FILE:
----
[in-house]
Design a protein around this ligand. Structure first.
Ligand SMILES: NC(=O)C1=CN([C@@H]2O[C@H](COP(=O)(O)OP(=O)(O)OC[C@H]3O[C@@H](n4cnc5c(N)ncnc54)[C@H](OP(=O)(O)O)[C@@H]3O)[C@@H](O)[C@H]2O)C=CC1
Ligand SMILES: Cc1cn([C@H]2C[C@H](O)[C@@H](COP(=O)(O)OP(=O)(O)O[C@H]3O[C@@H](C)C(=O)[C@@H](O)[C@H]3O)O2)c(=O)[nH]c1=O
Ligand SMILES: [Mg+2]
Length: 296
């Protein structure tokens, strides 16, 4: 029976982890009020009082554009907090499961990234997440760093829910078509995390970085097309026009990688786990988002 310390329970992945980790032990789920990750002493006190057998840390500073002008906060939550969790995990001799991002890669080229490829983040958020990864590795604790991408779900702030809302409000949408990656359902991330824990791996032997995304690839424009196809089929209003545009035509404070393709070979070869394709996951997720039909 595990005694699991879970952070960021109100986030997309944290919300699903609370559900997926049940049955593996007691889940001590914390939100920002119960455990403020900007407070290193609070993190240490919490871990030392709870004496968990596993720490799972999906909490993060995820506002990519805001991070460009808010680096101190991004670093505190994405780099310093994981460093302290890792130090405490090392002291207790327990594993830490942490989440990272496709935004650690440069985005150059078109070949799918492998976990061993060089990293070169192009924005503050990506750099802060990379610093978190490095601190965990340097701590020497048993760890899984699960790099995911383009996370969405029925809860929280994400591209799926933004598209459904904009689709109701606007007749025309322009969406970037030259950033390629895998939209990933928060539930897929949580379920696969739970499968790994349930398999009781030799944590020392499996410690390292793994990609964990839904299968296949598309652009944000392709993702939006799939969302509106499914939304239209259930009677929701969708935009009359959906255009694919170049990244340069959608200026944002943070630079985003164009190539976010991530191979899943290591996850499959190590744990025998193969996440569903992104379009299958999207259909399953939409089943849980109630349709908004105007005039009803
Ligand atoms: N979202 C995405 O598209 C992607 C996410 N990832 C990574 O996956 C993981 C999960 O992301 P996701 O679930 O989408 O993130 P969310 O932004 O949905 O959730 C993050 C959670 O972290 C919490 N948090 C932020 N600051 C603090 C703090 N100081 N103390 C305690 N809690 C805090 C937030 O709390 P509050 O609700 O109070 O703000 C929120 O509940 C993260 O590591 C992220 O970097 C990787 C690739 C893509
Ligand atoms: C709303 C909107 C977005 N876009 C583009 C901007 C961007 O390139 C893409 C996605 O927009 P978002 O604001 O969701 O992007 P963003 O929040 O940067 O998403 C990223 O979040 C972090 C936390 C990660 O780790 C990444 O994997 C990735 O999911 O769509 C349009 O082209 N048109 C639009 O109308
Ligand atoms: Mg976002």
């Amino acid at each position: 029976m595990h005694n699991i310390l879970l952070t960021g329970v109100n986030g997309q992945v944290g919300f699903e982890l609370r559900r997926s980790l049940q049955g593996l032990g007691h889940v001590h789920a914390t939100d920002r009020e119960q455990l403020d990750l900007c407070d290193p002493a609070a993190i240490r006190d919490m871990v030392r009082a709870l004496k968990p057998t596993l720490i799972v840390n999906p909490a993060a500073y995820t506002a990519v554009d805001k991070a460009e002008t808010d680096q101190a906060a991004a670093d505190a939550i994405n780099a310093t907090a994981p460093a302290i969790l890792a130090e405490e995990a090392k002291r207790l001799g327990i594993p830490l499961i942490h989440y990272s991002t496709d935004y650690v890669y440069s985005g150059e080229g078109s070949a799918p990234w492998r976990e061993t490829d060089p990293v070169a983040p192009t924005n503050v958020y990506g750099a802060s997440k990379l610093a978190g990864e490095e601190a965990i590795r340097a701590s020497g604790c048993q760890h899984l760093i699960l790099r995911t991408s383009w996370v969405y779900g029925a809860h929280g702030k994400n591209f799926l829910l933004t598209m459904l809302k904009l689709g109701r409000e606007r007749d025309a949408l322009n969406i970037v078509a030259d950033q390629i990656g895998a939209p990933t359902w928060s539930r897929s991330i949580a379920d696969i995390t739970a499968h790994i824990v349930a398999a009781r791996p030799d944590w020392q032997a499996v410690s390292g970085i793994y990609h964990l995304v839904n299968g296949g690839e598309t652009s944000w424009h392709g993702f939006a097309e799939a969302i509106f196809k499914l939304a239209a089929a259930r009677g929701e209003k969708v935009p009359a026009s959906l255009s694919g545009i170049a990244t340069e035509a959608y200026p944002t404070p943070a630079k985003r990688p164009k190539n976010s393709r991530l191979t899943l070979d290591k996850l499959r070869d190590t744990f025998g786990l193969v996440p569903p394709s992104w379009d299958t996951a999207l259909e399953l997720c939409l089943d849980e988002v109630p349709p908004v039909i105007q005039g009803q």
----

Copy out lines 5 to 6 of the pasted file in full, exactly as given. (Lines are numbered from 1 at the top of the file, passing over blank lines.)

Ligand SMILES: [Mg+2]
Length: 296